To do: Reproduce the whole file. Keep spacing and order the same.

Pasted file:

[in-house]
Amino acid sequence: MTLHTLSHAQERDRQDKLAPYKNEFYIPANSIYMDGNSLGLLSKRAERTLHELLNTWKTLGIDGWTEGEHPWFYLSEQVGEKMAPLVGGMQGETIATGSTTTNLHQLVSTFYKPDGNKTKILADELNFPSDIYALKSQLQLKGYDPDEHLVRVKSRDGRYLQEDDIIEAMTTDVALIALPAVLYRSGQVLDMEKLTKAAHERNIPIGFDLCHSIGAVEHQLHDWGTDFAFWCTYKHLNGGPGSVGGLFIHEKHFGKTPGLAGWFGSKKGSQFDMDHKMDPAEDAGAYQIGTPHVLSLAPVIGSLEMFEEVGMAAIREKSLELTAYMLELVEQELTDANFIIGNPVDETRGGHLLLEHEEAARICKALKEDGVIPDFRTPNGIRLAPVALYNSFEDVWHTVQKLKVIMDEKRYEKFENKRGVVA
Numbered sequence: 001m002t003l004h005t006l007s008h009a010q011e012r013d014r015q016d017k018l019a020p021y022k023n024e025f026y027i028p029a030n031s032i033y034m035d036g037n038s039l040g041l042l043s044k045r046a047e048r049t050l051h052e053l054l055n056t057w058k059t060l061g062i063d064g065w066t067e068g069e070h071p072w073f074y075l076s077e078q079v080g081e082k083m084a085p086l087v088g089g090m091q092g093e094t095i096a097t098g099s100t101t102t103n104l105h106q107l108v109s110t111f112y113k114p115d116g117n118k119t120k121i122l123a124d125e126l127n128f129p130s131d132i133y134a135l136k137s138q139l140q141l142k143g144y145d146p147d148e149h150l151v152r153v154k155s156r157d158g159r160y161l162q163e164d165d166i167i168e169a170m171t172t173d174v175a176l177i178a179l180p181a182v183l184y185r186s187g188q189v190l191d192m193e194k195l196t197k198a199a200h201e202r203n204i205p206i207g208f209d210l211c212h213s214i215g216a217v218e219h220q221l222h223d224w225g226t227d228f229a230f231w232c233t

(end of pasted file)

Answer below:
[in-house]
Amino acid sequence: MTLHTLSHAQERDRQDKLAPYKNEFYIPANSIYMDGNSLGLLSKRAERTLHELLNTWKTLGIDGWTEGEHPWFYLSEQVGEKMAPLVGGMQGETIATGSTTTNLHQLVSTFYKPDGNKTKILADELNFPSDIYALKSQLQLKGYDPDEHLVRVKSRDGRYLQEDDIIEAMTTDVALIALPAVLYRSGQVLDMEKLTKAAHERNIPIGFDLCHSIGAVEHQLHDWGTDFAFWCTYKHLNGGPGSVGGLFIHEKHFGKTPGLAGWFGSKKGSQFDMDHKMDPAEDAGAYQIGTPHVLSLAPVIGSLEMFEEVGMAAIREKSLELTAYMLELVEQELTDANFIIGNPVDETRGGHLLLEHEEAARICKALKEDGVIPDFRTPNGIRLAPVALYNSFEDVWHTVQKLKVIMDEKRYEKFENKRGVVA
Numbered sequence: 001m002t003l004h005t006l007s008h009a010q011e012r013d014r015q016d017k018l019a020p021y022k023n024e025f026y027i028p029a030n031s032i033y034m035d036g037n038s039l040g041l042l043s044k045r046a047e048r049t050l051h052e053l054l055n056t057w058k059t060l061g062i063d064g065w066t067e068g069e070h071p072w073f074y075l076s077e078q079v080g081e082k083m084a085p086l087v088g089g090m091q092g093e094t095i096a097t098g099s100t101t102t103n104l105h106q107l108v109s110t111f112y113k114p115d116g117n118k119t120k121i122l123a124d125e126l127n128f129p130s131d132i133y134a135l136k137s138q139l140q141l142k143g144y145d146p147d148e149h150l151v152r153v154k155s156r157d158g159r160y161l162q163e164d165d166i167i168e169a170m171t172t173d174v175a176l177i178a179l180p181a182v183l184y185r186s187g188q189v190l191d192m193e194k195l196t197k198a199a200h201e202r203n204i205p206i207g208f209d210l211c212h213s214i215g216a217v218e219h220q221l222h223d224w225g226t227d228f229a230f231w232c233t